Each year Both ENDS organises Political Cafés and expert meetings on development issues. Our work with Southern Civil Society Organisations often makes us aware of the negative effects of the policies of Multi Financial Institutions (MFIs), such as the World Bank and the IMF. The Political Cafés and expert meetings often focus on making these institutions more transparent. Working with our Southern partners we recently addressed the issue of the human right to water and sanitation, by holding a Political Café on this issue at the World Bank's headquarters in Washington DC.
Both ENDS' Political Cafe on forest management in the Congo, held on May 6, brought together two of Both ENDS' Congolese partners, Adolphine Muley (UEFA) and Alphonse Valivambene (Réseau CREF) with representatives from the World Bank, the European Commission, and the Dutch Ministry of Foreign Affairs.
The European Investment Bank (EIB) has announced a worrying change in their policy on transparency. One of the changes would result in EU citizens no longer being able to access internal EIB documents, even if they are of public interest. Several campaigners, including Both ENDS’ Pieter Jansen, have therefore urged the the Dutch Minister of Finance Jeroen Dijsselbloem to speak out against these plans on the next board meeting on September 16th.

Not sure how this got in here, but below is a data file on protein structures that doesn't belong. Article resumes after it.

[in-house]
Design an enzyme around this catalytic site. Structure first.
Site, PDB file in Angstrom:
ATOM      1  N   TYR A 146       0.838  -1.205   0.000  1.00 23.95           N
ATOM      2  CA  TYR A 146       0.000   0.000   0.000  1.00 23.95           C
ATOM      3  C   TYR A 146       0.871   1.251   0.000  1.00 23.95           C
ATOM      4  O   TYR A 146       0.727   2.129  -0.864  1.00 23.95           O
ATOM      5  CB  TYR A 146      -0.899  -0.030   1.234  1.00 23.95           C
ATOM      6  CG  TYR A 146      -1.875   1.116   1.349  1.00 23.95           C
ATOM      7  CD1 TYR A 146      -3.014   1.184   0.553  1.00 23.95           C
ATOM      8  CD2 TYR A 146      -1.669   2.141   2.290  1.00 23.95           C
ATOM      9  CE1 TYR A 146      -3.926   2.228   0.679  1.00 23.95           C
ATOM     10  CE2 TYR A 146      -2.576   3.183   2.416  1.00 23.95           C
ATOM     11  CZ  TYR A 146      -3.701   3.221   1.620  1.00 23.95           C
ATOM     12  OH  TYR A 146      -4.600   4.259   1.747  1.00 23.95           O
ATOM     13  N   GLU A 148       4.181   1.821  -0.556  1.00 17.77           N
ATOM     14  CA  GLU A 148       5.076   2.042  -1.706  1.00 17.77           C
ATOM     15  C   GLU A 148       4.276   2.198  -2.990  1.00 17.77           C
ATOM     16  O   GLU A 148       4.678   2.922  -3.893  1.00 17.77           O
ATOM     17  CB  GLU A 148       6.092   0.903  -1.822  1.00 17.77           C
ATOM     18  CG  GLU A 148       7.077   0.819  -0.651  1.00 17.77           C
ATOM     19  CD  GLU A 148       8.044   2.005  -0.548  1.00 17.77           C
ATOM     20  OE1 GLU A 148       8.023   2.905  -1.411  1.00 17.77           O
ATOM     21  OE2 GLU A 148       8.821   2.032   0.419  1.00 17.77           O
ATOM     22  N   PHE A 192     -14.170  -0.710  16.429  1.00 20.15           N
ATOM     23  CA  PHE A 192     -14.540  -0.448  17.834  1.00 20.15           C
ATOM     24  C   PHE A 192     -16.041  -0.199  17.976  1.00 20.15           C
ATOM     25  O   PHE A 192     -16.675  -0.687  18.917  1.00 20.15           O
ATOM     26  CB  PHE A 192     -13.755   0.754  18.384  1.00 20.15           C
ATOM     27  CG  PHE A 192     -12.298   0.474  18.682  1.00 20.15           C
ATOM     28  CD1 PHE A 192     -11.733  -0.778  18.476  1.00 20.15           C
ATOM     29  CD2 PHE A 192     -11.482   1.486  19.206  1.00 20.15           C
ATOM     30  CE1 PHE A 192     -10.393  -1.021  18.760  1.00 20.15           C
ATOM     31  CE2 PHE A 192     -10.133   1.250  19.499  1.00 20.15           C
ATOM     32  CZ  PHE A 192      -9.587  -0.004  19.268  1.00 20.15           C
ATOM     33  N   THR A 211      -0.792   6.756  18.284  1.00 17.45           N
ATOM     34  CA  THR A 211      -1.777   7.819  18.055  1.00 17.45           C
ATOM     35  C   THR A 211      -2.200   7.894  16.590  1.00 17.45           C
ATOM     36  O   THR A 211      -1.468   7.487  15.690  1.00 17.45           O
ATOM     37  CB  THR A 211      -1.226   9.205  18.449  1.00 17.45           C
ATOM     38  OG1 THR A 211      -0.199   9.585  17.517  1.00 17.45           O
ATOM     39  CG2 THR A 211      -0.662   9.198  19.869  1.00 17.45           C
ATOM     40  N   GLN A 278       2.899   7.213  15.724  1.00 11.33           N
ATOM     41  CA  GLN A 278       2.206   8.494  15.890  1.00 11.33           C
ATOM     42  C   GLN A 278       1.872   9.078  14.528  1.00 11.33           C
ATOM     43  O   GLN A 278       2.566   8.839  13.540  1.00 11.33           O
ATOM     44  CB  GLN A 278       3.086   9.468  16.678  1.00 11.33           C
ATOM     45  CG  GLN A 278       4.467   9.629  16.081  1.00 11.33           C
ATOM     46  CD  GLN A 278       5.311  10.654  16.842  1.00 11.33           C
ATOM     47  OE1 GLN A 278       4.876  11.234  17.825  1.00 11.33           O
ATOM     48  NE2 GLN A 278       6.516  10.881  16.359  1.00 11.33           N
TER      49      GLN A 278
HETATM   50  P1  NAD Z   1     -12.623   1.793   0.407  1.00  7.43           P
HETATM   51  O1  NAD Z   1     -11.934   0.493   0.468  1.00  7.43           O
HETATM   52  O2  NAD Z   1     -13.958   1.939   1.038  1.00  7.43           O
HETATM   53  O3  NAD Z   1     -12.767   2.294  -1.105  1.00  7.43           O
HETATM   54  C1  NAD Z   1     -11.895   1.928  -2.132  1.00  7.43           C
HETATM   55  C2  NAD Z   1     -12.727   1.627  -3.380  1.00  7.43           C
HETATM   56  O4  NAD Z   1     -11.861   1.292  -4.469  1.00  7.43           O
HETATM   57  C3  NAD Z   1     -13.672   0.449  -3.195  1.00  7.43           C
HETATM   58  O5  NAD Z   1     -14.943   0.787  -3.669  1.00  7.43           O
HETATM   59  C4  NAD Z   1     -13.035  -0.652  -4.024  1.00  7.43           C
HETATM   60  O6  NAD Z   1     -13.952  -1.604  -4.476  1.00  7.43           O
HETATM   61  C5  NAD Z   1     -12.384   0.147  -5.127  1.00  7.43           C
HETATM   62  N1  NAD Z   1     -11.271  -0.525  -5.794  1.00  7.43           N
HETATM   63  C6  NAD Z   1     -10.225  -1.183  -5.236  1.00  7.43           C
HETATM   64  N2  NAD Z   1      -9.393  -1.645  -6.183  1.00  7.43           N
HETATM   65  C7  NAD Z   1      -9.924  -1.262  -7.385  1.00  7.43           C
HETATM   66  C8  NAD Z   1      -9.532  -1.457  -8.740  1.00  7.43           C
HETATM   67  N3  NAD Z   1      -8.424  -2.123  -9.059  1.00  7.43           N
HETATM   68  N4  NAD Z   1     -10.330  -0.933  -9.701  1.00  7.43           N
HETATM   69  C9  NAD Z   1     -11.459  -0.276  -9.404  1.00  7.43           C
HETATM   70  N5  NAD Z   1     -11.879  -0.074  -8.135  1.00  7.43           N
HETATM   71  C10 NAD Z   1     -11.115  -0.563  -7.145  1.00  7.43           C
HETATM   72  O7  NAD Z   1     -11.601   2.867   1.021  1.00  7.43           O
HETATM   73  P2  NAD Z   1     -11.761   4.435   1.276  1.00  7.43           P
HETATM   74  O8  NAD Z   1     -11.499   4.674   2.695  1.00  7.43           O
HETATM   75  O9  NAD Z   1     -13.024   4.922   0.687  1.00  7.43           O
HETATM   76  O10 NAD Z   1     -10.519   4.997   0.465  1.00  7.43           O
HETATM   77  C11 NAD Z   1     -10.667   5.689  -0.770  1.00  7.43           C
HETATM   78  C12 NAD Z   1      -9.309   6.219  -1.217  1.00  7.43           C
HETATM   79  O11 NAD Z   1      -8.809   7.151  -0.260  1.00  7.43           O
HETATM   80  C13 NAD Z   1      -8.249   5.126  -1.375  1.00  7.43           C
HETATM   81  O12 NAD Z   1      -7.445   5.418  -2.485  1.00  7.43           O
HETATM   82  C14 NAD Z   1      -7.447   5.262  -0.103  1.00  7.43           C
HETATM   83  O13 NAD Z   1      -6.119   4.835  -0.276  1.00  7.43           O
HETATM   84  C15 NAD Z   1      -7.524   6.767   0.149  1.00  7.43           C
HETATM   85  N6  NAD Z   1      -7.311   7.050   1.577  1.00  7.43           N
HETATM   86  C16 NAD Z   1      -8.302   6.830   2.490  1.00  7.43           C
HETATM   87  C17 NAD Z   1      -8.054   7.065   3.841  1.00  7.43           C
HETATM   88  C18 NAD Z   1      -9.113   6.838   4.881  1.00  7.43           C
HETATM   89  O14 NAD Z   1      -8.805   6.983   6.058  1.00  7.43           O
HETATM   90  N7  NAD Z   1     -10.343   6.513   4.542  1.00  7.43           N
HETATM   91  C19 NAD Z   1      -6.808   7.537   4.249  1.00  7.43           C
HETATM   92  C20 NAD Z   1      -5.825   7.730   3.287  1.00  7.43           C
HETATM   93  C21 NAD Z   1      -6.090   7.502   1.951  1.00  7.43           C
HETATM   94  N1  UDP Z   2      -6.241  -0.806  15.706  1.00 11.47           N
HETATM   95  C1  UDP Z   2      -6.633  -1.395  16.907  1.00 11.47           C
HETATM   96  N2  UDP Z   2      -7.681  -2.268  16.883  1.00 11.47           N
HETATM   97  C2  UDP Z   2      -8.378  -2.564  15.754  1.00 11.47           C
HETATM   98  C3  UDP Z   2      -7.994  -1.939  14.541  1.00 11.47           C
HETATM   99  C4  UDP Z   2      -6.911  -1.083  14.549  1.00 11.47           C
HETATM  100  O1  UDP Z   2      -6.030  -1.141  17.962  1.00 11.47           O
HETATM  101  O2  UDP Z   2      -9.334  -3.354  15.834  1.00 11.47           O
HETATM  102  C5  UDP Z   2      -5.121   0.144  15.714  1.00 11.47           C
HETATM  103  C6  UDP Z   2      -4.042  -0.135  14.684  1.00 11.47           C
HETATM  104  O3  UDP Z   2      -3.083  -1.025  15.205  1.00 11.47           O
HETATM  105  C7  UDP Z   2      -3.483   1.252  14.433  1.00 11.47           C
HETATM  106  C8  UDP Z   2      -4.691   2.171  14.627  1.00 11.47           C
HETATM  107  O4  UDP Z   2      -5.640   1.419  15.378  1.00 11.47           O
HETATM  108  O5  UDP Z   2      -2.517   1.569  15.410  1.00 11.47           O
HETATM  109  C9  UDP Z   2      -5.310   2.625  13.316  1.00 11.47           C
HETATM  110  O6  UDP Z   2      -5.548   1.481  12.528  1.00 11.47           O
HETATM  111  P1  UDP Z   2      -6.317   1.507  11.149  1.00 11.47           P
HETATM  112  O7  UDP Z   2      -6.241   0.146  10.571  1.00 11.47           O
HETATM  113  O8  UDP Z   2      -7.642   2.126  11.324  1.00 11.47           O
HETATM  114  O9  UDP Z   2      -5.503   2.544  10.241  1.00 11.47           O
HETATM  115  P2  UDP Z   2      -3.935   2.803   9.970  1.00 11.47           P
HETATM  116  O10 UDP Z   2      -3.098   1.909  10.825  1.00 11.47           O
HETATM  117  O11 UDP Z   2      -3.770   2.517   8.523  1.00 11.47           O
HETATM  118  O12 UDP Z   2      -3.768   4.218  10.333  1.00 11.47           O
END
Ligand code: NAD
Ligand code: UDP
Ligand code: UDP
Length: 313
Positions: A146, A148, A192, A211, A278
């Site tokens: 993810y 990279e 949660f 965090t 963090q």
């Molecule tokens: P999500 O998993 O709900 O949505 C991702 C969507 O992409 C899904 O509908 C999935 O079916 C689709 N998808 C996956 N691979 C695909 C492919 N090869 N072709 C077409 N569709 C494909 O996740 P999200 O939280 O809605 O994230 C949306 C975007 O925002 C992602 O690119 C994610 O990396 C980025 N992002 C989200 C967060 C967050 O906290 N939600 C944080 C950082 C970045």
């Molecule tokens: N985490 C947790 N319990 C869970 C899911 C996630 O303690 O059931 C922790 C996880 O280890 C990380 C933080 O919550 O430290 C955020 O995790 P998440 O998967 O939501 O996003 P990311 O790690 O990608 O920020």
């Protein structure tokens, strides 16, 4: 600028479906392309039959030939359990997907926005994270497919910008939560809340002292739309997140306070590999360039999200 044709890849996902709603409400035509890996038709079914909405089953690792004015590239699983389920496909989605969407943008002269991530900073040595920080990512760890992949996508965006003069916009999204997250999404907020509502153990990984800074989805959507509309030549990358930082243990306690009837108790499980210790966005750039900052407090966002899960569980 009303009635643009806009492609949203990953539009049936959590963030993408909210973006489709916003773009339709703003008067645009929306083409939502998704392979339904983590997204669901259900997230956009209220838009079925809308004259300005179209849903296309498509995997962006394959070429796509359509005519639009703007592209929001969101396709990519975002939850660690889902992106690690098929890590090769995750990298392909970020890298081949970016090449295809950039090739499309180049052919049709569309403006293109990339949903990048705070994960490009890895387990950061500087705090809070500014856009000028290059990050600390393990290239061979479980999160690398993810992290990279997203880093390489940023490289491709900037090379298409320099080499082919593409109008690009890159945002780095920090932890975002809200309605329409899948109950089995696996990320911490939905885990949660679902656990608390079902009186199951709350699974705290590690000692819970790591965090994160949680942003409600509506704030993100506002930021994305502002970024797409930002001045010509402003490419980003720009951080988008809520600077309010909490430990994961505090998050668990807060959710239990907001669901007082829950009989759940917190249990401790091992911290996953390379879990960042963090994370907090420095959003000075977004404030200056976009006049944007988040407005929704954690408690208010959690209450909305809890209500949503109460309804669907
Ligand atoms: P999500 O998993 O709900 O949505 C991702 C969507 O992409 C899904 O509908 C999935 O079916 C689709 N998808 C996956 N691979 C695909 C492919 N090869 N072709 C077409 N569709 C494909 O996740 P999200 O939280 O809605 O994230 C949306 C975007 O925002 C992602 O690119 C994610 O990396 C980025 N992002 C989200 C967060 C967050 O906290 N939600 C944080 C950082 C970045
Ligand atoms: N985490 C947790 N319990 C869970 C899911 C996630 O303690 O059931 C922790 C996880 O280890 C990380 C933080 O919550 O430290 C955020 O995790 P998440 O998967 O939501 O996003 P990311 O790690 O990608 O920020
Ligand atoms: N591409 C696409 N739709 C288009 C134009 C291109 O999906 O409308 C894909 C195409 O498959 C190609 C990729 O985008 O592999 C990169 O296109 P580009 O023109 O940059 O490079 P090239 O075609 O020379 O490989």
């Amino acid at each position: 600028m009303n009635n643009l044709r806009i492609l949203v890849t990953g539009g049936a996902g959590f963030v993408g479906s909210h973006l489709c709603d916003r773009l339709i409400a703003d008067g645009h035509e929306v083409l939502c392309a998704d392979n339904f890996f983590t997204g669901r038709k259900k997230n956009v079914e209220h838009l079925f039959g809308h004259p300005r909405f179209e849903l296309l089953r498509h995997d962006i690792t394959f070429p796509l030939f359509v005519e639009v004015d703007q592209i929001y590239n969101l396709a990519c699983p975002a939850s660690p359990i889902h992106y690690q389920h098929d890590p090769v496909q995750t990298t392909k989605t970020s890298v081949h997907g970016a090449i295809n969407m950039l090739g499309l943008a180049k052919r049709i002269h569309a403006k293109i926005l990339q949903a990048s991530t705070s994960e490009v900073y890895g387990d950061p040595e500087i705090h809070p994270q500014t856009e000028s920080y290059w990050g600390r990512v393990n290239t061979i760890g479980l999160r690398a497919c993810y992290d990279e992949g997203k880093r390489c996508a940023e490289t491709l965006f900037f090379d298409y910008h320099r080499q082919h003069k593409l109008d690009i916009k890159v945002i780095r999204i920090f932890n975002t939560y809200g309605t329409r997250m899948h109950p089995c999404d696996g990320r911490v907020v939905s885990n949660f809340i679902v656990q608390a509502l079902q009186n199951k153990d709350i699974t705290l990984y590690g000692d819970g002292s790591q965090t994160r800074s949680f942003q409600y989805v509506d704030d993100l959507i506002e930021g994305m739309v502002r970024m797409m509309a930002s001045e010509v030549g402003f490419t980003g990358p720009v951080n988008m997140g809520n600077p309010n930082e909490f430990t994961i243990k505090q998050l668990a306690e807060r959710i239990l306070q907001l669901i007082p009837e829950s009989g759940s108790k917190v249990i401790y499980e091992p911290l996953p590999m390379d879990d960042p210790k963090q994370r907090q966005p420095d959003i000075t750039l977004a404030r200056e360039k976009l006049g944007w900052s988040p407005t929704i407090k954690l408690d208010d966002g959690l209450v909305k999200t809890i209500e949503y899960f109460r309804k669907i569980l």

Last Wednesday, just before the summer recess, the Tweede Kamer (the Dutch Lower House) discussed Minister Koenders's policy memorandum: "Samen werken aan mondiale uitdagingen, Nederland en multilaterale ontwikkelingssamenwerking" (Working together on global challenges; the Netherlands and multilateral development cooperation). With 'multilateral' Koenders refers to the UN, Multilateral Financial Institutions (MFIs) such as the World Bank and the International Monetary Fund, the European Union and a number of global funds.
Today, 122 civil society groups are releasing letters to eleven government signatories to the Glasgow Statement on International Public Support for the Clean Energy Transition, laying out the actions they must take as soon as possible to meet their commitment. In this joint statement at COP26, 35 countries and 5 public finance institutions committed to end their international public finance for 'unabated' fossil fuels by the end of 2022, and instead prioritise their "support fully towards the clean energy transition."
- breed, save and exchange all seeds and other planting material
- participate in decisions concerning seed improvement/ breeding, selection, quality standards, pricing, production, distribution and diversity
- customary practice especially in regard to indigenous seed
- be protected from being sold fake and inappropriate seed
- have a true choice between the use of certified and seed from fellow farmer managed seed systems
The joint organisations therefore call upon the Indonesian government to resist the ask of the EU to comply with UPOV 91.